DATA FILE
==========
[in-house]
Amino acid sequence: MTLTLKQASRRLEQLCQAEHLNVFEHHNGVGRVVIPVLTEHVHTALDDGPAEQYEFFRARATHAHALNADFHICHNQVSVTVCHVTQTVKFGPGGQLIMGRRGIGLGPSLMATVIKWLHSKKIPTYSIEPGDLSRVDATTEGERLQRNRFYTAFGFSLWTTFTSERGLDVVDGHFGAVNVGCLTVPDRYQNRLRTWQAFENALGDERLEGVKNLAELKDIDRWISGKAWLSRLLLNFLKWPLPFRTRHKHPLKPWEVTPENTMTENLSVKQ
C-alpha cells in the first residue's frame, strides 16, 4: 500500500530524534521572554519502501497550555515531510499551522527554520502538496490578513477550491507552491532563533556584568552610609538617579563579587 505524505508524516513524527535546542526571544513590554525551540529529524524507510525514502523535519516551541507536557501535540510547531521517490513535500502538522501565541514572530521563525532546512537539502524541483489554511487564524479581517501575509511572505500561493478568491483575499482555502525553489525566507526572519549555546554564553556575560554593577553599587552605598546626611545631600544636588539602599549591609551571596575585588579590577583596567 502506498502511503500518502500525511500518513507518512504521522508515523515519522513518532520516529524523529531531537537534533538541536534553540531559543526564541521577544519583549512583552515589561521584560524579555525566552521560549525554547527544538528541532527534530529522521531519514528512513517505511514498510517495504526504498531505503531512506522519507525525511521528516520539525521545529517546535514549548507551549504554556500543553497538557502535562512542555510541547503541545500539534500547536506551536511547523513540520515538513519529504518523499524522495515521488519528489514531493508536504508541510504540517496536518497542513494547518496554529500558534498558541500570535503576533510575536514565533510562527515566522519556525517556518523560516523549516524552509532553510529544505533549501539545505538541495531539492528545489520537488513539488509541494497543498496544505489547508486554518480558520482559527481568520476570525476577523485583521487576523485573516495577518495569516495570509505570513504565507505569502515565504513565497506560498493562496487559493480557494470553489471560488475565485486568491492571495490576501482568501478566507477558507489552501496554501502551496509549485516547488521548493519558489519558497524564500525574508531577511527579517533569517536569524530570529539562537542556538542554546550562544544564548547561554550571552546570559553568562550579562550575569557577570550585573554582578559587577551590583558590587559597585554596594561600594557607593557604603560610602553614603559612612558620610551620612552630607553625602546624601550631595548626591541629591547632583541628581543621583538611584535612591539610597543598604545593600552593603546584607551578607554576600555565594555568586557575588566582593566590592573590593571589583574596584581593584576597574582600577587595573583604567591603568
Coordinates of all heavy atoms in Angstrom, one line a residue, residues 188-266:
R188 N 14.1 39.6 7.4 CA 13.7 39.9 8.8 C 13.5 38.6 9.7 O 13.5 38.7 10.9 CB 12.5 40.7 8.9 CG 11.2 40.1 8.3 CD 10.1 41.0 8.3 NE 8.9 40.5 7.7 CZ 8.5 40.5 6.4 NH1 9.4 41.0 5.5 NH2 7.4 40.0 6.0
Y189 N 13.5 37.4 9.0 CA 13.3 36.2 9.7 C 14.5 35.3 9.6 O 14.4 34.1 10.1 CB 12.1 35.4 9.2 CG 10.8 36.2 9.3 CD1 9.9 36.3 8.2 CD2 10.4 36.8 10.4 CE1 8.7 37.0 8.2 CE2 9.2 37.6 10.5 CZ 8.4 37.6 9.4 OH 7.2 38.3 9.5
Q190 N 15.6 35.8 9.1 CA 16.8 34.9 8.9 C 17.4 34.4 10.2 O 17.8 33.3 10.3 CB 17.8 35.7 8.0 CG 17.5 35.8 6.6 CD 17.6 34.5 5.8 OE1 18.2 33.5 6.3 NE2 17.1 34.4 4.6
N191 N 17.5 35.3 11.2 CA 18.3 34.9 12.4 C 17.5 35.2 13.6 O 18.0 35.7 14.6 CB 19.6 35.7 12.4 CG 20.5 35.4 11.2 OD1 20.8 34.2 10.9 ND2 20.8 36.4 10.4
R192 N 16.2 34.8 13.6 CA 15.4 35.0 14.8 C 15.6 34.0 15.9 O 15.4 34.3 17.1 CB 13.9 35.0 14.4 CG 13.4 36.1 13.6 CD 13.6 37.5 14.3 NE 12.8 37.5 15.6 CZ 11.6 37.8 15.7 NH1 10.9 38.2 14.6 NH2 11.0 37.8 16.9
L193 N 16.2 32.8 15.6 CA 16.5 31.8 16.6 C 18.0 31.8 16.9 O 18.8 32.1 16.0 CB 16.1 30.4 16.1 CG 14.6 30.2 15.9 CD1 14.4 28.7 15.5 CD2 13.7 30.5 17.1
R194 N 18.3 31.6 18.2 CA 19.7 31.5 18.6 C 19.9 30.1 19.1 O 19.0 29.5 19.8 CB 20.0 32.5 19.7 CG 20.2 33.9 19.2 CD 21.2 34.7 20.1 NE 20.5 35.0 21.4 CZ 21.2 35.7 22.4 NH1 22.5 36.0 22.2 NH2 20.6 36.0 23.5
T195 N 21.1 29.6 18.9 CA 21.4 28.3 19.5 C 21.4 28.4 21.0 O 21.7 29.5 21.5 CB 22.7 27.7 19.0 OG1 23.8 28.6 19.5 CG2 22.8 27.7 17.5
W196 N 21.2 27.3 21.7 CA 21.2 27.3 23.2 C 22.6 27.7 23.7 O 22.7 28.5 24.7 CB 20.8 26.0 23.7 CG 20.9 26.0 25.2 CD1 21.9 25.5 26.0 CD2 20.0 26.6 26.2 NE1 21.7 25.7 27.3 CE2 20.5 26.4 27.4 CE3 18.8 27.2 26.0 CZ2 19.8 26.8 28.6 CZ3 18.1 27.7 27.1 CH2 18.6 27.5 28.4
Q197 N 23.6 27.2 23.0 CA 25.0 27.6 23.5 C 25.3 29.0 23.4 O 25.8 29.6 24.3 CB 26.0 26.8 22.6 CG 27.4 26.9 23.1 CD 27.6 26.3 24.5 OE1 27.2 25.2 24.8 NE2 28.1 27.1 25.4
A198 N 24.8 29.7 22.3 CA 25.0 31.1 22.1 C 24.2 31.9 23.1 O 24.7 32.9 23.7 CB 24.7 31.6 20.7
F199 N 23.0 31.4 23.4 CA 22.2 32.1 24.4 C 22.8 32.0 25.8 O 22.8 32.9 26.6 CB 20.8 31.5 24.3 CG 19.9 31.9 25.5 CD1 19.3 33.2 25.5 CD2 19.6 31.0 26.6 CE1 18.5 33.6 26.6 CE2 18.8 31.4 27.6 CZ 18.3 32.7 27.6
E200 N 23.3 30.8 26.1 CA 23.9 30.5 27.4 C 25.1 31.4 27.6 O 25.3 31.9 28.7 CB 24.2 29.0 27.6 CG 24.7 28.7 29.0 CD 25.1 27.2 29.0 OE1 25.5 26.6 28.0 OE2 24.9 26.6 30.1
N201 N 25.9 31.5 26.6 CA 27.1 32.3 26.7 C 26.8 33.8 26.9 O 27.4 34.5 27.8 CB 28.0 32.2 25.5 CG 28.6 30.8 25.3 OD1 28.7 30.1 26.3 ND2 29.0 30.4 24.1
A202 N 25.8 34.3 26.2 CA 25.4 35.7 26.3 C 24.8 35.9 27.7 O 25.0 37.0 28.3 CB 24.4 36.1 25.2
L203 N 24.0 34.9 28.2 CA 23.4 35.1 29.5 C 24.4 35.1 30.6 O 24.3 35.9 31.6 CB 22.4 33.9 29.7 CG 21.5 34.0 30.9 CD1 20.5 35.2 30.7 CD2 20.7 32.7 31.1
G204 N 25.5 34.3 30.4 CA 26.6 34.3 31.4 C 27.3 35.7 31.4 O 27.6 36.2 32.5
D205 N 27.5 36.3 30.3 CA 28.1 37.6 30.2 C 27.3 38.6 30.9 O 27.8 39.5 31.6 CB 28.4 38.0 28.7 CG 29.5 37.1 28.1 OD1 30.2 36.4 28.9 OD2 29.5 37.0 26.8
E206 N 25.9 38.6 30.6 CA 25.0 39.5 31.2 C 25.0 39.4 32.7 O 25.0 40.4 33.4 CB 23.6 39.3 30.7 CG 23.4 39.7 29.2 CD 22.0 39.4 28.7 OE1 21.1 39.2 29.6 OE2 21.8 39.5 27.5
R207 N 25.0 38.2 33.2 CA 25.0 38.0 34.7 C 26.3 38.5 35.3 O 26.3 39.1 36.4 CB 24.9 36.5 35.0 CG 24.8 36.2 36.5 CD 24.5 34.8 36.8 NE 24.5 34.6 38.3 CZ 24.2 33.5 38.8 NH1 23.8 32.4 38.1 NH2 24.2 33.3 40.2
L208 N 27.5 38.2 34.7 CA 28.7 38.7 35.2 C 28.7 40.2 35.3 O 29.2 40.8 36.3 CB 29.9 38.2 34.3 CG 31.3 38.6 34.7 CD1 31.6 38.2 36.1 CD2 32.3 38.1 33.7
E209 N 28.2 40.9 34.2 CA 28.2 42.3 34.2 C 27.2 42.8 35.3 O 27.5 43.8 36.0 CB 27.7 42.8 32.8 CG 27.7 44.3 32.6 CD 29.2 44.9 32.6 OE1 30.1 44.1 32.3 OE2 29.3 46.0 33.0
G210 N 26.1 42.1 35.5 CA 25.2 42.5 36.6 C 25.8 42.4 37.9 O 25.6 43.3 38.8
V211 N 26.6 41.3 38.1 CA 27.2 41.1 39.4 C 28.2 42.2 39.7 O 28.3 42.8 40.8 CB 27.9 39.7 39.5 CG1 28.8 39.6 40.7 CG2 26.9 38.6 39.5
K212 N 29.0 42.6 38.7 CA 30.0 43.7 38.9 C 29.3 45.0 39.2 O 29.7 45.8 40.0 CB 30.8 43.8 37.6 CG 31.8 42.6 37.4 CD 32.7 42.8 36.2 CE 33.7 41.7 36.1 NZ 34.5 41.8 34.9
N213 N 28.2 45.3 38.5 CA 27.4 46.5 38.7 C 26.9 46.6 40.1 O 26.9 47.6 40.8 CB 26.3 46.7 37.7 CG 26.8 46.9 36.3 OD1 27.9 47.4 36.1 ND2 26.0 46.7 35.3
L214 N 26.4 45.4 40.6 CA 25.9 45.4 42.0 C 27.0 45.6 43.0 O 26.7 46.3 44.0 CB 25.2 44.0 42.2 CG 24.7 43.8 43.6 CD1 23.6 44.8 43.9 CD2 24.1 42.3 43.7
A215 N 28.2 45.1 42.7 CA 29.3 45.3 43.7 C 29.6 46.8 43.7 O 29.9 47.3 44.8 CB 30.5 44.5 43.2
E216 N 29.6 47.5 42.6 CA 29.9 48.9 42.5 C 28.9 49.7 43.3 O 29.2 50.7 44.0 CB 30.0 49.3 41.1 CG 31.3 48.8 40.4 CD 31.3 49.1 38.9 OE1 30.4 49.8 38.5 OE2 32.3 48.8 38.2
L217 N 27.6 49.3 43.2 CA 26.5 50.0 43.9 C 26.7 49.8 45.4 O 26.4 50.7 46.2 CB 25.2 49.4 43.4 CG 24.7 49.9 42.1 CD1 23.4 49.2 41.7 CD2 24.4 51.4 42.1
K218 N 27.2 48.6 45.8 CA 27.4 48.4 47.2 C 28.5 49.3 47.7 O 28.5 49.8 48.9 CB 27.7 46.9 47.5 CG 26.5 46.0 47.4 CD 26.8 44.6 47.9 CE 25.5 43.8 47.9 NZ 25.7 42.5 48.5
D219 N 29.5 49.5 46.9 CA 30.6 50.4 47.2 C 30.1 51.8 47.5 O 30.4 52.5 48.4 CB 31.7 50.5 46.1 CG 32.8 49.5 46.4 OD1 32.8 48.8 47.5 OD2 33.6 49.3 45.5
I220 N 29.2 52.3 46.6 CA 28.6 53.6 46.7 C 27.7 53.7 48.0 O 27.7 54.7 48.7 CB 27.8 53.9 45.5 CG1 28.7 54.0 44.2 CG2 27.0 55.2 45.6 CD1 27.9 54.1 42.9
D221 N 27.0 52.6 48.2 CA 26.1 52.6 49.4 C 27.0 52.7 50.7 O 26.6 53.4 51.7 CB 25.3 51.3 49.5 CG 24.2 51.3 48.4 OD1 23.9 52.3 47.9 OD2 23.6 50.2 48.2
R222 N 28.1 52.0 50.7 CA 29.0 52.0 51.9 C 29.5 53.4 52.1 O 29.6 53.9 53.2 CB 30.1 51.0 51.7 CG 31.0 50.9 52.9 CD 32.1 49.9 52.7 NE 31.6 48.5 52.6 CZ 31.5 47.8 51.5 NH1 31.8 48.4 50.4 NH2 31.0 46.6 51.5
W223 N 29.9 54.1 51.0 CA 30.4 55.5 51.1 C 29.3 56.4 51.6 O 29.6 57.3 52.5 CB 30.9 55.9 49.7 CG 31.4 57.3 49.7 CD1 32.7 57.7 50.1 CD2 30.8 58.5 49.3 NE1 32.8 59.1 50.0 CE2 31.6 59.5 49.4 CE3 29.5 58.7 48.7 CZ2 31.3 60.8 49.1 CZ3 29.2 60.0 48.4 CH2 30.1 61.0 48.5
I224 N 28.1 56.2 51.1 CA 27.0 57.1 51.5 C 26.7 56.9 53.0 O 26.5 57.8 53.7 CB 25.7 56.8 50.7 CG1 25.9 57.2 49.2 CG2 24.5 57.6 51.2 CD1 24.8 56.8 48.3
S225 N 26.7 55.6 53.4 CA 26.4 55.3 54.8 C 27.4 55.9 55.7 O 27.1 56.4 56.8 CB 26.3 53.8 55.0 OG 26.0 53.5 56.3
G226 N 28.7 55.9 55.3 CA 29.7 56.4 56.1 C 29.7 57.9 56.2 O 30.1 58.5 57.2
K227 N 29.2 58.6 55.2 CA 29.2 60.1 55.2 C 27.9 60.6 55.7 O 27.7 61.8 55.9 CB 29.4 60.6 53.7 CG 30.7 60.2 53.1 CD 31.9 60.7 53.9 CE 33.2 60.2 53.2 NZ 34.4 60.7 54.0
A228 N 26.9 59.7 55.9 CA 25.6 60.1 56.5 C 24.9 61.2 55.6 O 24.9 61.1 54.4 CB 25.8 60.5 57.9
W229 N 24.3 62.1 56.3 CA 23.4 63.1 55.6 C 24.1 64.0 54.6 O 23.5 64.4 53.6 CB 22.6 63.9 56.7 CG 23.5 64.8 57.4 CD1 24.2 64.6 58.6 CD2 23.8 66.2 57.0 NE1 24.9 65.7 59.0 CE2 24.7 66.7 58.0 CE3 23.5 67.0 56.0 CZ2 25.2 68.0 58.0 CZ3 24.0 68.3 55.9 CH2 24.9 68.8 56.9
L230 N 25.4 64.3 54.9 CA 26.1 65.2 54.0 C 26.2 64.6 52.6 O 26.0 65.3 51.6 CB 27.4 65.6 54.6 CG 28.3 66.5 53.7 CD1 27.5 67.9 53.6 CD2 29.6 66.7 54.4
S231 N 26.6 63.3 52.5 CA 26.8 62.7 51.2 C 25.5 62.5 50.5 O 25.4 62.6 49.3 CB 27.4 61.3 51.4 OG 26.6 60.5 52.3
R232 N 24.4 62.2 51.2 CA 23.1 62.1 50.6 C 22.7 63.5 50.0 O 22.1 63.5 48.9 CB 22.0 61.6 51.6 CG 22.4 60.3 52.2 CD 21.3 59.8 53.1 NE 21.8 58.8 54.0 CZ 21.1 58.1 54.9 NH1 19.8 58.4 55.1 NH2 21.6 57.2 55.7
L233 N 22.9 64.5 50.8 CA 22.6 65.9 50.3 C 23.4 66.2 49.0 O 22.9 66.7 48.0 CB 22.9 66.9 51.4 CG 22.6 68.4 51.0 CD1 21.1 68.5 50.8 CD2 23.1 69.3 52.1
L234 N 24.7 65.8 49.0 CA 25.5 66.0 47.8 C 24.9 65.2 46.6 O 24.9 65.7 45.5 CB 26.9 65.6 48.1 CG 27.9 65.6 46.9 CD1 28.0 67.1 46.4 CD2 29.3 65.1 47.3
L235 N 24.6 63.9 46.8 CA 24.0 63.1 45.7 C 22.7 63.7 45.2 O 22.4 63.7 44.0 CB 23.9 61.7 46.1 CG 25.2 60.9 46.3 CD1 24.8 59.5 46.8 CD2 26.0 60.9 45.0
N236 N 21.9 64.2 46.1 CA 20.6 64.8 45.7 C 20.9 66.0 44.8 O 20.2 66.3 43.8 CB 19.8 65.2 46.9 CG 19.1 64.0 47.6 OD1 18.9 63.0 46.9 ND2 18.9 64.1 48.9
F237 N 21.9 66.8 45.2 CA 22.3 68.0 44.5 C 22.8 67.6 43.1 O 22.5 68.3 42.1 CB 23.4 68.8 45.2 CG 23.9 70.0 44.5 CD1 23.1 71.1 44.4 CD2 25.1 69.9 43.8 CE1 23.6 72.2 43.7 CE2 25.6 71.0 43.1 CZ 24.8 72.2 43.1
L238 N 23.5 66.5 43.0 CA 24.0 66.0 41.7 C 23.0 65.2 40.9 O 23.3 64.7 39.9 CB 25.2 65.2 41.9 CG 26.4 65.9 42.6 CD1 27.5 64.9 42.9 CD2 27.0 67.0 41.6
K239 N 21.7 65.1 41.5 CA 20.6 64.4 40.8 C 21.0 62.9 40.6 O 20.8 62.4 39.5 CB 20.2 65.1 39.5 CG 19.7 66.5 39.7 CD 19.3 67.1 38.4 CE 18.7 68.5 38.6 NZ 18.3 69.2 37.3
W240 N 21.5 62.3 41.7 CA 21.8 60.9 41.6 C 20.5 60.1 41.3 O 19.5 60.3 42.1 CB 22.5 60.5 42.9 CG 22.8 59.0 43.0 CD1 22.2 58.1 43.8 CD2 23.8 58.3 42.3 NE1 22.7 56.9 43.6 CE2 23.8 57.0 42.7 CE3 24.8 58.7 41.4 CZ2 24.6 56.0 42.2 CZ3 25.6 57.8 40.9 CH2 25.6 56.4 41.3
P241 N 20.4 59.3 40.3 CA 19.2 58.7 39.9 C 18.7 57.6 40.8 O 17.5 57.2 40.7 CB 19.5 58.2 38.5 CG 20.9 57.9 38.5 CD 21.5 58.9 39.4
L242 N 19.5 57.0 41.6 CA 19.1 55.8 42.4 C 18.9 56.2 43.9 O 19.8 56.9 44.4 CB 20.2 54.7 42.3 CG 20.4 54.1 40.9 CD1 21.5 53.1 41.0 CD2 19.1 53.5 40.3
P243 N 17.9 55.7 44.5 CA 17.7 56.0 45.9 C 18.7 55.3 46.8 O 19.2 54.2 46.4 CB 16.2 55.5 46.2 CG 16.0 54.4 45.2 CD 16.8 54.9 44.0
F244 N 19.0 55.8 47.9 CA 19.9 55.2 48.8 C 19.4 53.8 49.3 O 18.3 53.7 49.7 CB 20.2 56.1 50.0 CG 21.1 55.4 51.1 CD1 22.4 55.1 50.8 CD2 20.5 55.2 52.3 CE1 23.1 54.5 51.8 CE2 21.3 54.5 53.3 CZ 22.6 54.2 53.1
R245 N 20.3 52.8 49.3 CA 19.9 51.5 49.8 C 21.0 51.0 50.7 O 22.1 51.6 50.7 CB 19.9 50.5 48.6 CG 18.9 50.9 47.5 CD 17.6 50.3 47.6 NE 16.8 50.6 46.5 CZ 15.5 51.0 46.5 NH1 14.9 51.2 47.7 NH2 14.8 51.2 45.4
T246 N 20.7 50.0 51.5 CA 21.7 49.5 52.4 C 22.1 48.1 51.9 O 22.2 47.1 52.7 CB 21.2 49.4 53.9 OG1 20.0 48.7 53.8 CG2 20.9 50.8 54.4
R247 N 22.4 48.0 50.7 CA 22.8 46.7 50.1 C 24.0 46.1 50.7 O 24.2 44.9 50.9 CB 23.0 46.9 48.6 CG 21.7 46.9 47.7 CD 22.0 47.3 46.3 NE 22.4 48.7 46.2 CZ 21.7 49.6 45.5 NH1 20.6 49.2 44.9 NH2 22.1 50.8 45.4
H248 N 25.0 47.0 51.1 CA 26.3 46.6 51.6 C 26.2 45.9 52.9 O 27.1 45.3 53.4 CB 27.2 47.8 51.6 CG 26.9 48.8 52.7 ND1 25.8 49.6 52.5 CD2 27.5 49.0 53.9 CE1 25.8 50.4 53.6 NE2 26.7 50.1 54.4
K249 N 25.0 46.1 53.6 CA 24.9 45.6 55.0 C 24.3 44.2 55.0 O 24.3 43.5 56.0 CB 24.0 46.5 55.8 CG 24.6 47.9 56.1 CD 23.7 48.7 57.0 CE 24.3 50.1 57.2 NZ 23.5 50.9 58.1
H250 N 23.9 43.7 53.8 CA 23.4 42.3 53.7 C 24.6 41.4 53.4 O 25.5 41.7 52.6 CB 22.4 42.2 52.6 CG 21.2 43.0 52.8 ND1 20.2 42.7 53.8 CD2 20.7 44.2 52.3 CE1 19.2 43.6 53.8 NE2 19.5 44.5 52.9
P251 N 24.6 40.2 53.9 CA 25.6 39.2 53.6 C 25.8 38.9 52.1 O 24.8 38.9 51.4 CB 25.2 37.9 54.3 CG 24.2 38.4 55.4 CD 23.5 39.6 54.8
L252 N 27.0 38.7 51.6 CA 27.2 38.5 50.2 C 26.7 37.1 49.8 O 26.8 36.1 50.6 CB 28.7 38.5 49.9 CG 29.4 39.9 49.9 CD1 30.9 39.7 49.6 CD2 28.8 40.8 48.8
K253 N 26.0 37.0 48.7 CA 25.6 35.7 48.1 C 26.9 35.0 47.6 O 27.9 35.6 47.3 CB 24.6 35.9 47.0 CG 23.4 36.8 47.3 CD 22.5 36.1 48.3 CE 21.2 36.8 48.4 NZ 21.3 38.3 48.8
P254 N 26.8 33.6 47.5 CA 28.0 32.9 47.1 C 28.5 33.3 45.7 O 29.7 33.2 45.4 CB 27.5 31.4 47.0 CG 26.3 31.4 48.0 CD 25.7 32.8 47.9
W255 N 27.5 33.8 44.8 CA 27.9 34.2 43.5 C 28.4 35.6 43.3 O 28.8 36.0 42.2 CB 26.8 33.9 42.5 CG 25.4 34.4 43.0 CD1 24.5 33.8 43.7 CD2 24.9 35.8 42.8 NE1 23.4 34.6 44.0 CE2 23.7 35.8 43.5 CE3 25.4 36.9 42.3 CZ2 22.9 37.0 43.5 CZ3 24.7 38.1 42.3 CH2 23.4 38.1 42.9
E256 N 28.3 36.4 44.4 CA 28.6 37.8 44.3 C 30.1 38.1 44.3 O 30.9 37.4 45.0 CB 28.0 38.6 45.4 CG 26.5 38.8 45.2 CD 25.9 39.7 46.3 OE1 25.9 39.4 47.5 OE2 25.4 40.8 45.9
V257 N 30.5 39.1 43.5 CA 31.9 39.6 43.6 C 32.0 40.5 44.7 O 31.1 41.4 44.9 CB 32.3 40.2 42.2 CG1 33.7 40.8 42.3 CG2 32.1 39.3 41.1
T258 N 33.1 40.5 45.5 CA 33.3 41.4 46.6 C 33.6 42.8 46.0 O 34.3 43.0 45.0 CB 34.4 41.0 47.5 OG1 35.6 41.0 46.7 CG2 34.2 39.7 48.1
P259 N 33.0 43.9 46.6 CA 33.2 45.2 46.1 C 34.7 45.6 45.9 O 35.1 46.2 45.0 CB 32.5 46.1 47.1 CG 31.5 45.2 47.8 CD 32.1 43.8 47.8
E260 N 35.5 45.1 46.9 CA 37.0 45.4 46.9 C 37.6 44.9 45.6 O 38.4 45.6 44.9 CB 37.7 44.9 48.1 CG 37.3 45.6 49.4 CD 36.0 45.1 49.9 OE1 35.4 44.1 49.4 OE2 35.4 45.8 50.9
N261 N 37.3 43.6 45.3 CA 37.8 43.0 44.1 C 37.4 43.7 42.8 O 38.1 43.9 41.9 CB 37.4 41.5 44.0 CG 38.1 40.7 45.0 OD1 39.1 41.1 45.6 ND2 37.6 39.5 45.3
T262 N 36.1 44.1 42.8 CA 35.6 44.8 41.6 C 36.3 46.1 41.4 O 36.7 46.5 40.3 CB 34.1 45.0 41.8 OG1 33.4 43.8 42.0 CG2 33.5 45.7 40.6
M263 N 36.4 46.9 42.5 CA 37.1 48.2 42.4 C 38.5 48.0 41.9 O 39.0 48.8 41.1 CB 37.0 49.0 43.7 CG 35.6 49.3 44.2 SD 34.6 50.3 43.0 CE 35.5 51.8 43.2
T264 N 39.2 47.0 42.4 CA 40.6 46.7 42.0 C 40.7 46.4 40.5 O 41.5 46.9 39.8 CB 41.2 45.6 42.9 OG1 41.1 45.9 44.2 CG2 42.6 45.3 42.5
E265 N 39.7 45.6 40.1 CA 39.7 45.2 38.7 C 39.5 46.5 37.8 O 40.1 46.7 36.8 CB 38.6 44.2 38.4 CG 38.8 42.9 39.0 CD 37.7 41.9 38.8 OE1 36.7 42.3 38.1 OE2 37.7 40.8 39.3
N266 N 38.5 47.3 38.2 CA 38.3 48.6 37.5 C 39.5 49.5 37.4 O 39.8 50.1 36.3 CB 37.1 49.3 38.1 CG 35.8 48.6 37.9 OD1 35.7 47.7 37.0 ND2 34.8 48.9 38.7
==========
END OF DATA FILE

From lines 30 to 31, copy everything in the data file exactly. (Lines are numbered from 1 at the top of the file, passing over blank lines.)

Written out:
N213 N 28.2 45.3 38.5 CA 27.4 46.5 38.7 C 26.9 46.6 40.1 O 26.9 47.6 40.8 CB 26.3 46.7 37.7 CG 26.8 46.9 36.3 OD1 27.9 47.4 36.1 ND2 26.0 46.7 35.3
L214 N 26.4 45.4 40.6 CA 25.9 45.4 42.0 C 27.0 45.6 43.0 O 26.7 46.3 44.0 CB 25.2 44.0 42.2 CG 24.7 43.8 43.6 CD1 23.6 44.8 43.9 CD2 24.1 42.3 43.7